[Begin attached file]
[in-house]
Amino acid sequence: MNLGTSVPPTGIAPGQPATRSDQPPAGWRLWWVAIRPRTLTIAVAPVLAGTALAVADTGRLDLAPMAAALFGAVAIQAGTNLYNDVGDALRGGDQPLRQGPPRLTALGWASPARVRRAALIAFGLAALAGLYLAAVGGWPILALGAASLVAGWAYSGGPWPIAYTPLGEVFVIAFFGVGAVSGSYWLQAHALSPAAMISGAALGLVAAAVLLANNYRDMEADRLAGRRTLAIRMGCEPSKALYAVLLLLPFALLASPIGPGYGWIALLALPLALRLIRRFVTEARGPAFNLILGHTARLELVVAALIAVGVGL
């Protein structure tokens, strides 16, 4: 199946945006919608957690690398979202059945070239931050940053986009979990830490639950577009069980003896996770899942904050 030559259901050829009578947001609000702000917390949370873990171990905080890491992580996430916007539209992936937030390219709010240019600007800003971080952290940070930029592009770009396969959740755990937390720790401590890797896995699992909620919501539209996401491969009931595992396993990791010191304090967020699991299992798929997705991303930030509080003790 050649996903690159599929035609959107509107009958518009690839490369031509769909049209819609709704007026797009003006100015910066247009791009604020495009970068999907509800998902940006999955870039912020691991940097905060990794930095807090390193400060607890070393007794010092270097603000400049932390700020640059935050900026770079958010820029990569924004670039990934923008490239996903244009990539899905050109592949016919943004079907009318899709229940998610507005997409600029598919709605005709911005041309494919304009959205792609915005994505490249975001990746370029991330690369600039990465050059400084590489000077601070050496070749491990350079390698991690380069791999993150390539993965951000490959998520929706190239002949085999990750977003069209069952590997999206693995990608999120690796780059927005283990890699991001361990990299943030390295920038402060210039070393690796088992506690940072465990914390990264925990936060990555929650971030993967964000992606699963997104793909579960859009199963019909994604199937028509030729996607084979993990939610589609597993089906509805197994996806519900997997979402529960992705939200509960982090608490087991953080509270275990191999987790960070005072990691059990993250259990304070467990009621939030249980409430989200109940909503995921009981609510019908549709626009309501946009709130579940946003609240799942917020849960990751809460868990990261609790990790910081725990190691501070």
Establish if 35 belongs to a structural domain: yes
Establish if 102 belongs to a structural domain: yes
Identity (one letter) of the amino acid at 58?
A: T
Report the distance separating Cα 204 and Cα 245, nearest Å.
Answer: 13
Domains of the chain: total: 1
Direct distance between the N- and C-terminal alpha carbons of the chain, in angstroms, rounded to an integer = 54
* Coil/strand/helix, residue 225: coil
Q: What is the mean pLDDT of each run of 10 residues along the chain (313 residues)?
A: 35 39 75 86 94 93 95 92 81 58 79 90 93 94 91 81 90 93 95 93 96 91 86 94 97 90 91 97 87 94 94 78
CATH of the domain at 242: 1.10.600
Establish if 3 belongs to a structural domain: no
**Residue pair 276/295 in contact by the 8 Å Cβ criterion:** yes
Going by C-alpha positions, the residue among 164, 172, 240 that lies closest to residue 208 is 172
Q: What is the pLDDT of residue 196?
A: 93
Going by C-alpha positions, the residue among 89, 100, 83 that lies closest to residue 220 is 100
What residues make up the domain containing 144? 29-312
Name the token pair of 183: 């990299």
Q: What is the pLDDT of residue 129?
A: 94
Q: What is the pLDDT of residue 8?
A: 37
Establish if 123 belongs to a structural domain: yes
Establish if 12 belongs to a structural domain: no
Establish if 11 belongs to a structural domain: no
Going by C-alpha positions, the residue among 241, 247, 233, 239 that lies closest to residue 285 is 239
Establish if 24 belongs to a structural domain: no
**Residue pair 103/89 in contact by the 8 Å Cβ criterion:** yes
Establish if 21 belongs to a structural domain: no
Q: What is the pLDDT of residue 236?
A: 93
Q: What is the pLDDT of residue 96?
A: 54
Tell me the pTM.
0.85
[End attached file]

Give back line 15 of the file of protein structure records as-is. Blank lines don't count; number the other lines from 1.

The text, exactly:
CATH of the domain at 242: 1.10.600